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Uber-user moment

In this reminiscence, Kevin describes "one of my most memorable calls":

Every story in our blooper series comes to us directly from a reader. For obvious reasons, some contributors choose to remain anonymous. For this story, our contributor prefers that we use only his first name.

This blooper comes to us from Kevin, a technical analyst for an application service provider that develops Web applications and employs approximately 40 people (70% of which work remotely). Two years ago, during a period of companywide growth, Kevin volunteered to assist the network service engineer. Kevin said, "This helped me take a break from development every now and again." And, as any network person knows, this throws your name into the hat for anyone to call when there is a computer-related problem. In this reminiscence, Kevin describes "one of my most memorable calls":

"While coding one day, the phone rang and, as soon as I answered, I knew it would be a long call. Every network services person has a select list of uber end users [see Kevin's amusing definition of "uber user" below] that, just from the mere sound of their voice, sends an electric charge up your spine. Well, this was one of those calls.

"The call started with the normal, 'Hello,' 'How you doing?' and 'How is your day?' small talk. Mind you, the last question should have been answered. 'Fine, until now.' The small talk was immediately followed with 'I have a problem with my printer, do you have a minute?' I figured, sure, why not? Printer problem, driver, software, unplugged (from power source or from computer) or dead printer. Fifteen minutes, tops.

"I proceeded with the fundamental questions:
Q: Is the printer plugged in, and is it getting power?
A: Yes. The power light is on.

Q: Is the printer cable plugged into the computer and the printer, and is it tight? Check the screws and the clips.
A: Yes, they are as tight as I can get them.

Q: Is the computer set up? Can you see it as a usable printer, and is it your default printer?
A: How do I check that?

(Well, after some instruction, the printer was in fact set up as the default printer.)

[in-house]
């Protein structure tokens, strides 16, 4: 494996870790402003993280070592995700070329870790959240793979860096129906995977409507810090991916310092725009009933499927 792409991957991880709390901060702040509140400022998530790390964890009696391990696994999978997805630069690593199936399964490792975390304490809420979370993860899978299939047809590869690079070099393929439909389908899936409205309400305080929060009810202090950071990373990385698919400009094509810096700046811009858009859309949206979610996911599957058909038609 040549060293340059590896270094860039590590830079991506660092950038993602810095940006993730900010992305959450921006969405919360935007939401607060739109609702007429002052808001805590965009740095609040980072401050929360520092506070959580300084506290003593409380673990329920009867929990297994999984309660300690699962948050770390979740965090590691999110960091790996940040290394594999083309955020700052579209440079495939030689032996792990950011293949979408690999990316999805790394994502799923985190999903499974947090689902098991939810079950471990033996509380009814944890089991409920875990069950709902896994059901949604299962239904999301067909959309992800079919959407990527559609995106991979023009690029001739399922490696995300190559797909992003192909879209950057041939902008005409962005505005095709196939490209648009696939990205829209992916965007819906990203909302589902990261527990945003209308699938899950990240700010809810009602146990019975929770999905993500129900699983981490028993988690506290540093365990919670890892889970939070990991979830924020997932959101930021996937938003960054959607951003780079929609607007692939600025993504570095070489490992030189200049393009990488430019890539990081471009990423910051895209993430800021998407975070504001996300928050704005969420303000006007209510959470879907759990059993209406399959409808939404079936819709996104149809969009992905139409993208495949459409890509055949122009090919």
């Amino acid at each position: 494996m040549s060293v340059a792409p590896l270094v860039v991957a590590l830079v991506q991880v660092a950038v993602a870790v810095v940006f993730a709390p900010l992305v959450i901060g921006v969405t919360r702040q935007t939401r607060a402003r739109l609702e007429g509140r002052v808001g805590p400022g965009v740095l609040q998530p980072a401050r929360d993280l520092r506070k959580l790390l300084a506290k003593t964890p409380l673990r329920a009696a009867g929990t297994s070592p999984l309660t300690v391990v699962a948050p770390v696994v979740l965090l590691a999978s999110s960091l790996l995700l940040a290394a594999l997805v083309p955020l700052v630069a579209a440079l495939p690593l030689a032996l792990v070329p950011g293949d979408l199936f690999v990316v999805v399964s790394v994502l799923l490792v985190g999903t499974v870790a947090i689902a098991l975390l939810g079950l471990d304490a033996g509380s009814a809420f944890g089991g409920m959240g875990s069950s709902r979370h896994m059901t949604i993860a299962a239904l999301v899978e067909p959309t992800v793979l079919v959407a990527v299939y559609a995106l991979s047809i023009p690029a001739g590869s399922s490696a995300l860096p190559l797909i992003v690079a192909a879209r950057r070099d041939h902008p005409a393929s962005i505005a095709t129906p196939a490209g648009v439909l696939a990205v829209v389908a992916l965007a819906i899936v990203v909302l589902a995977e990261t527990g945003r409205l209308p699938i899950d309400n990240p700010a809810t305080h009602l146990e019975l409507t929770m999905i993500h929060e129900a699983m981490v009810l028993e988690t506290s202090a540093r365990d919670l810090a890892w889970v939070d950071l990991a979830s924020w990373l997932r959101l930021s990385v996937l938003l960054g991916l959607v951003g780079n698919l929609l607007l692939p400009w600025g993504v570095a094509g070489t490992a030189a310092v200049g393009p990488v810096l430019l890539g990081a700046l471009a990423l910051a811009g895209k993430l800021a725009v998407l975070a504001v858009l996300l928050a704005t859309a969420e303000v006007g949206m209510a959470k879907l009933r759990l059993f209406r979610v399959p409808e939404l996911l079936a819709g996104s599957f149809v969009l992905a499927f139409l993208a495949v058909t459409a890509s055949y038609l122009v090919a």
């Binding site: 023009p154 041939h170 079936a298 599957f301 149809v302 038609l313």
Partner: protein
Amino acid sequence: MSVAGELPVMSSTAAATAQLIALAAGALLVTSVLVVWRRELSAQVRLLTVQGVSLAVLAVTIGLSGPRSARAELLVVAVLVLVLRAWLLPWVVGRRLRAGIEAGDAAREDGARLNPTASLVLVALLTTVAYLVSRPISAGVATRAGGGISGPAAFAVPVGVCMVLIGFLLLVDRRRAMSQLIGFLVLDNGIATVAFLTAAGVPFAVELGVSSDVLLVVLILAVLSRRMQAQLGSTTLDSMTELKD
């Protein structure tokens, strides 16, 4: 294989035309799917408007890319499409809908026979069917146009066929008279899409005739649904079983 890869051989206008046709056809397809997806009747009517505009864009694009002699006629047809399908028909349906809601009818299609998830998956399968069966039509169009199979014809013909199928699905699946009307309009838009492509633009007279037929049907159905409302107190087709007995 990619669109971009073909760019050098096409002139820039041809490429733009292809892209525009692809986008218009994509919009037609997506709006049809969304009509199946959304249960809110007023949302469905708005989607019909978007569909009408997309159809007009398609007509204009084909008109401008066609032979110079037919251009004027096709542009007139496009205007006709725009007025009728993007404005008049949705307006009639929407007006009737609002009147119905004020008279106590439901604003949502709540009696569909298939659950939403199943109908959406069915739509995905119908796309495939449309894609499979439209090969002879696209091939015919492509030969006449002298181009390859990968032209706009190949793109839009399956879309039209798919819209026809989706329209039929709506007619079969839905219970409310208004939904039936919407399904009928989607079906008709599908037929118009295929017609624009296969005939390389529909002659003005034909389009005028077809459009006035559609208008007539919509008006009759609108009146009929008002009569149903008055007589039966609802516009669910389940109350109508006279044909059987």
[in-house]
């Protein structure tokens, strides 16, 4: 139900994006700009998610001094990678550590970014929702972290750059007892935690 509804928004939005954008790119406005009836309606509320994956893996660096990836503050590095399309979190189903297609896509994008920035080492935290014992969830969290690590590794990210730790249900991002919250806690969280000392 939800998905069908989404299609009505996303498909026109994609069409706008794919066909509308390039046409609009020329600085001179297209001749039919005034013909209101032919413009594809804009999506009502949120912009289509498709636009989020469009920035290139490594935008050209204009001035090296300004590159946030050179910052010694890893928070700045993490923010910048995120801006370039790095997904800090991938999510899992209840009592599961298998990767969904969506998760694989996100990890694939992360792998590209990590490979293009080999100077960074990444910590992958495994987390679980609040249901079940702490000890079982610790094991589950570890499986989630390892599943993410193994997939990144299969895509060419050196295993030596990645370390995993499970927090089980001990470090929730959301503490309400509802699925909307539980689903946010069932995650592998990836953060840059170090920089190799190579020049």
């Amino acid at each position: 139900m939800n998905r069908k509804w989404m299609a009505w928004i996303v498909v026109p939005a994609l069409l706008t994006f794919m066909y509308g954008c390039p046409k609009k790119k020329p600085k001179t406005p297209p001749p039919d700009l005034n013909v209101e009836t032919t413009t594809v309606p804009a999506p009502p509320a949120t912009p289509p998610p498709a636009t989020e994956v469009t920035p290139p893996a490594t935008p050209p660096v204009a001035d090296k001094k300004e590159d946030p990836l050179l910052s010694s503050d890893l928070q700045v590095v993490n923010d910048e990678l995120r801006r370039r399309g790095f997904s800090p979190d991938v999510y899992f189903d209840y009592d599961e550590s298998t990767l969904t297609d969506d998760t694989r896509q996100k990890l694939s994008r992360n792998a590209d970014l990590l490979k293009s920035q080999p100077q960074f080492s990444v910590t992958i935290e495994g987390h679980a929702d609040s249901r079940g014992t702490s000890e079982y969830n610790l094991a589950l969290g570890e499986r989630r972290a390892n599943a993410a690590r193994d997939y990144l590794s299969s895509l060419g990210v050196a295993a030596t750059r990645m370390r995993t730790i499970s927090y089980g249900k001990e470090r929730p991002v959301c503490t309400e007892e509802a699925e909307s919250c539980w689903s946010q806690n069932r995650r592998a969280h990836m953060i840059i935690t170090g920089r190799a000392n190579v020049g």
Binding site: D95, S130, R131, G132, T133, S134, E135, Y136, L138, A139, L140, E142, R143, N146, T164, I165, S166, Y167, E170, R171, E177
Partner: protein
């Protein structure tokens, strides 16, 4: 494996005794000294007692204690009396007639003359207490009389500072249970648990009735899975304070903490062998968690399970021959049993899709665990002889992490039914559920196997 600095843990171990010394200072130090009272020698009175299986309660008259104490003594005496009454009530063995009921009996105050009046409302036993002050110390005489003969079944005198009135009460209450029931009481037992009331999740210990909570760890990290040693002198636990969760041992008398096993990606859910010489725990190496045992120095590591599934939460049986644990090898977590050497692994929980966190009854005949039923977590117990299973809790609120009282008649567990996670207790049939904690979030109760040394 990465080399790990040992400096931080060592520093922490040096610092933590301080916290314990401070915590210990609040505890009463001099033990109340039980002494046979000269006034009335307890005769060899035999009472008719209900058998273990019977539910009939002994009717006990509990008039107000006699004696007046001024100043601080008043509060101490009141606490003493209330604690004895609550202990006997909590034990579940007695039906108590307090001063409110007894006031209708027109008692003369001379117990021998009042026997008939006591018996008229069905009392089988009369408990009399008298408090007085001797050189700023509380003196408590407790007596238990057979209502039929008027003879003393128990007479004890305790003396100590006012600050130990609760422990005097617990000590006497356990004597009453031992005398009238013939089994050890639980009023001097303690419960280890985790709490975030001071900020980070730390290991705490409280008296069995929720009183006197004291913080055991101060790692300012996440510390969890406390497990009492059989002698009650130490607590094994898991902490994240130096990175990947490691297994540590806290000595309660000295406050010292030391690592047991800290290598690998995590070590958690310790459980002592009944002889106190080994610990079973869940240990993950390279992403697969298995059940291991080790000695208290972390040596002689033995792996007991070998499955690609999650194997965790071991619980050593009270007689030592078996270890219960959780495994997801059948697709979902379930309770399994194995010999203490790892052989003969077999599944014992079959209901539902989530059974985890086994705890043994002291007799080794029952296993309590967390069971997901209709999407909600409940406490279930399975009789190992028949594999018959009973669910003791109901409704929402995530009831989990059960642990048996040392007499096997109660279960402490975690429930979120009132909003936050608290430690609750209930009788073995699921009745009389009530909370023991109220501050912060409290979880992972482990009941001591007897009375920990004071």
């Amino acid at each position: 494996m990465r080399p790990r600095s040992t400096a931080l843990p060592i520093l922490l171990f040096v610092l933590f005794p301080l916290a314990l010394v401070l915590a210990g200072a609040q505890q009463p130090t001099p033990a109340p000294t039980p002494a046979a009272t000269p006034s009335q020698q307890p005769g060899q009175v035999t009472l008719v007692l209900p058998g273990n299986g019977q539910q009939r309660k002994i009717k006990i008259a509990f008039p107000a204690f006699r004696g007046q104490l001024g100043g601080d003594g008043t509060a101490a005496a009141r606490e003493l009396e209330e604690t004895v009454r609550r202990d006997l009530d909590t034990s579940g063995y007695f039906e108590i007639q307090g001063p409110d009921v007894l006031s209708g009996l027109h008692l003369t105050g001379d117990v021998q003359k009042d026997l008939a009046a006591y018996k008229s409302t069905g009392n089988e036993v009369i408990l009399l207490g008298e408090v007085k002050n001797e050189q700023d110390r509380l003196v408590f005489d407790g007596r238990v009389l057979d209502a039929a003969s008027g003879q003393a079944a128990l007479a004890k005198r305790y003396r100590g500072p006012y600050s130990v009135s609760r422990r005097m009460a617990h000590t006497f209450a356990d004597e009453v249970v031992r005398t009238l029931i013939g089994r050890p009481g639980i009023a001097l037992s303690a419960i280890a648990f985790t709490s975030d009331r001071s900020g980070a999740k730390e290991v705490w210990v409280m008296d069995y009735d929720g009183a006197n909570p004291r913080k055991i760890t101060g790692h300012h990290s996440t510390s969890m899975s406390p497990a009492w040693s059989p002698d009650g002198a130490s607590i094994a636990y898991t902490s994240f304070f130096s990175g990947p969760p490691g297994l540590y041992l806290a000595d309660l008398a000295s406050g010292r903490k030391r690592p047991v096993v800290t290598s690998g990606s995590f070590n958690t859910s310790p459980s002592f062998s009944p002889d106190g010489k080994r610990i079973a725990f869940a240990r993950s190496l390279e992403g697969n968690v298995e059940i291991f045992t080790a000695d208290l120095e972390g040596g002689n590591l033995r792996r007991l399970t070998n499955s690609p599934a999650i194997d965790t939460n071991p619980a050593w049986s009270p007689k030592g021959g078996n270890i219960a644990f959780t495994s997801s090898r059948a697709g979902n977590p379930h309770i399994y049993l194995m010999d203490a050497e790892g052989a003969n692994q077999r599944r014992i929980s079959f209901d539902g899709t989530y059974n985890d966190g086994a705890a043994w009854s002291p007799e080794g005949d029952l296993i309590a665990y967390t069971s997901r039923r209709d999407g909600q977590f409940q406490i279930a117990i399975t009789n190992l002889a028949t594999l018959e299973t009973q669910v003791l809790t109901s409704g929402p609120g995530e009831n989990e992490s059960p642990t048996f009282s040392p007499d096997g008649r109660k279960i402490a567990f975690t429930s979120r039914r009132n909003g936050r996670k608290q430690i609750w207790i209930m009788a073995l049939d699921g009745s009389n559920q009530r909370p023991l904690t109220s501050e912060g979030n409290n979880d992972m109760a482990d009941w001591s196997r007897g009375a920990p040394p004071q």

Q: Has anything changed with your computer and/or printer since yesterday when it worked?
A: No.

Q: You haven't installed or uninstalled anything since yesterday?
A: No.

"After going through this, I got the assistance of the network service engineer. I described the problem, what was tried, etc. From there, we walked the virtual user through uninstalling the printer drivers and corresponding software and reinstalling it again, with no luck. We had the user plug into another printer (he had two) and it worked just fine. So we had the user swap printer cables. Still no luck.

"So after two hours of instruction from both of us (that we could have been charging customers for), we decided that our time was more valuable than a new printer. We told the user to get approval to replace the printer.

"The next day, the user sends an e-mail to management, the network engineer and me, stating that he saved the company $400 because he found his printer problem and that no one else could. So he returned the $400 printer he had purchased the day before.

"He failed to mention, when he was checking and swapping the printer cables, that he had his Jazz drive set up between the computer and the printer and that it wasn't powered on. But when he tested his system with his own printer, it was directly connected. Of course, at the time we were charging $200 per hour for our services, so for the two of us to attempt to troubleshoot his problem was at least $800 (not counting his time). So I ask, what money was saved?"

Kevin still jokes with this uber user when he comes to the office -- they both still work there, although Kevin says he has had fewer "ID-10-T moments" since then.
Kevin also describes some other entertaining uber-user issues:

  1. Kicking the cord and claiming the need for a new system (then plugging it in and finding it works fine).
  2. Concluding that something is wrong with the operating system because it won't start (while there is a floppy disk in the drive).
  3. Overloading a power strip and wondering why the printer and system turned off by themselves when the power strip /tripped/ (with sparks coming from it).
  4. Not plugging everything back in after moving the computer and wondering why they couldn't get into their /H:/ drive (which is on the network).
  5. Using whiteout to hide the time when the system time is incorrect. (This is also seen done with electrical tape; I had previously thought that was only for the oil light in the car.)

"Thanks for giving me a place to vent and see others having issues with their uber users." - Kevin

Uber user: Kevin defines 'uber user' this way: "A word used among technical folk. It's nicer than saying 'idiot user' or 'ID-10-T user.' (If you ever want to joke with someone that has to fill out some form that has some glorified alphanumeric name, such as 1040-EZ, tell them to go fill out an ID-10-T form See how long it takes them to get it.)"

This was last published in July 2003

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